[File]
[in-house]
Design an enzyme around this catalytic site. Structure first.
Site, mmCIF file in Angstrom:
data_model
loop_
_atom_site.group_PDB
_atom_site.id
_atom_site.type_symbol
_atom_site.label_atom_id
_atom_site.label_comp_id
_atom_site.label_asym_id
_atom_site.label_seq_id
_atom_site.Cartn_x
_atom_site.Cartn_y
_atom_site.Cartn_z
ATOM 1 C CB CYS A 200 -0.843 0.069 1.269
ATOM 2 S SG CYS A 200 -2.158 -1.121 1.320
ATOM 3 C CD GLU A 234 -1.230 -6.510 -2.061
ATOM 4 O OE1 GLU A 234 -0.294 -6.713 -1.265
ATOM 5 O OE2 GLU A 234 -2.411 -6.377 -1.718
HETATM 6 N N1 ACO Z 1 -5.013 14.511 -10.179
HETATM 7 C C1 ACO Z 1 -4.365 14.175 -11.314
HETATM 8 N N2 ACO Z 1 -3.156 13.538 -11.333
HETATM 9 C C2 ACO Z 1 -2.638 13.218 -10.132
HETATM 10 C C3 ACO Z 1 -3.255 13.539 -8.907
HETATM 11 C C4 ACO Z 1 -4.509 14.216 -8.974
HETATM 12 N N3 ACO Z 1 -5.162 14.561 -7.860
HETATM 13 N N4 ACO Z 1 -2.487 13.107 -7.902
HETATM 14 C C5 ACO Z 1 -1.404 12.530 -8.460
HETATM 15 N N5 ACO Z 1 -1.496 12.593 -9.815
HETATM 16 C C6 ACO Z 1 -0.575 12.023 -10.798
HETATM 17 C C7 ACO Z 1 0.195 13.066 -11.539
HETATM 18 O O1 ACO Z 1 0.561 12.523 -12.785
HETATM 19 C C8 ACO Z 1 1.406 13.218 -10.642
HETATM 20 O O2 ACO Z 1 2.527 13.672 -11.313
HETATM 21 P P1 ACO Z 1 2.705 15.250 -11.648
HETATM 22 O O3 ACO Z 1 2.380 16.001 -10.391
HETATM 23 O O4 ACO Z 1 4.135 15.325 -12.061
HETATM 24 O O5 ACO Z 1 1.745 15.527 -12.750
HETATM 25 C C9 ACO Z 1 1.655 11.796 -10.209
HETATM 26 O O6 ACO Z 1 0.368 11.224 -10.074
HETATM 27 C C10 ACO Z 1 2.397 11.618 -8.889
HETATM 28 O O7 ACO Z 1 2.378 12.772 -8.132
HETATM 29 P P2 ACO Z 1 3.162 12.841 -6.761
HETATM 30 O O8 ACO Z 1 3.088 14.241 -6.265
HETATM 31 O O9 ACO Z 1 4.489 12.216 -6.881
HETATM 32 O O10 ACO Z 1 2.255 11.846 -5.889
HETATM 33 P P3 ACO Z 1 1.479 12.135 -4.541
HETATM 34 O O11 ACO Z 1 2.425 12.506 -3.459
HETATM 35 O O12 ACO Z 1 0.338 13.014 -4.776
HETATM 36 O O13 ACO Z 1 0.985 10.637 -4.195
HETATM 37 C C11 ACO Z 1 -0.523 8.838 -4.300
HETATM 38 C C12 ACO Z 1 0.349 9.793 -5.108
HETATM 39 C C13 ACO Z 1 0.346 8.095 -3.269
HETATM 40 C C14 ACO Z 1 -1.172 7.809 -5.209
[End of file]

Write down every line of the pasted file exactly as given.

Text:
[in-house]
Design an enzyme around this catalytic site. Structure first.
Site, mmCIF file in Angstrom:
data_model
loop_
_atom_site.group_PDB
_atom_site.id
_atom_site.type_symbol
_atom_site.label_atom_id
_atom_site.label_comp_id
_atom_site.label_asym_id
_atom_site.label_seq_id
_atom_site.Cartn_x
_atom_site.Cartn_y
_atom_site.Cartn_z
ATOM 1 C CB CYS A 200 -0.843 0.069 1.269
ATOM 2 S SG CYS A 200 -2.158 -1.121 1.320
ATOM 3 C CD GLU A 234 -1.230 -6.510 -2.061
ATOM 4 O OE1 GLU A 234 -0.294 -6.713 -1.265
ATOM 5 O OE2 GLU A 234 -2.411 -6.377 -1.718
HETATM 6 N N1 ACO Z 1 -5.013 14.511 -10.179
HETATM 7 C C1 ACO Z 1 -4.365 14.175 -11.314
HETATM 8 N N2 ACO Z 1 -3.156 13.538 -11.333
HETATM 9 C C2 ACO Z 1 -2.638 13.218 -10.132
HETATM 10 C C3 ACO Z 1 -3.255 13.539 -8.907
HETATM 11 C C4 ACO Z 1 -4.509 14.216 -8.974
HETATM 12 N N3 ACO Z 1 -5.162 14.561 -7.860
HETATM 13 N N4 ACO Z 1 -2.487 13.107 -7.902
HETATM 14 C C5 ACO Z 1 -1.404 12.530 -8.460
HETATM 15 N N5 ACO Z 1 -1.496 12.593 -9.815
HETATM 16 C C6 ACO Z 1 -0.575 12.023 -10.798
HETATM 17 C C7 ACO Z 1 0.195 13.066 -11.539
HETATM 18 O O1 ACO Z 1 0.561 12.523 -12.785
HETATM 19 C C8 ACO Z 1 1.406 13.218 -10.642
HETATM 20 O O2 ACO Z 1 2.527 13.672 -11.313
HETATM 21 P P1 ACO Z 1 2.705 15.250 -11.648
HETATM 22 O O3 ACO Z 1 2.380 16.001 -10.391
HETATM 23 O O4 ACO Z 1 4.135 15.325 -12.061
HETATM 24 O O5 ACO Z 1 1.745 15.527 -12.750
HETATM 25 C C9 ACO Z 1 1.655 11.796 -10.209
HETATM 26 O O6 ACO Z 1 0.368 11.224 -10.074
HETATM 27 C C10 ACO Z 1 2.397 11.618 -8.889
HETATM 28 O O7 ACO Z 1 2.378 12.772 -8.132
HETATM 29 P P2 ACO Z 1 3.162 12.841 -6.761
HETATM 30 O O8 ACO Z 1 3.088 14.241 -6.265
HETATM 31 O O9 ACO Z 1 4.489 12.216 -6.881
HETATM 32 O O10 ACO Z 1 2.255 11.846 -5.889
HETATM 33 P P3 ACO Z 1 1.479 12.135 -4.541
HETATM 34 O O11 ACO Z 1 2.425 12.506 -3.459
HETATM 35 O O12 ACO Z 1 0.338 13.014 -4.776
HETATM 36 O O13 ACO Z 1 0.985 10.637 -4.195
HETATM 37 C C11 ACO Z 1 -0.523 8.838 -4.300
HETATM 38 C C12 ACO Z 1 0.349 9.793 -5.108
HETATM 39 C C13 ACO Z 1 0.346 8.095 -3.269
HETATM 40 C C14 ACO Z 1 -1.172 7.809 -5.209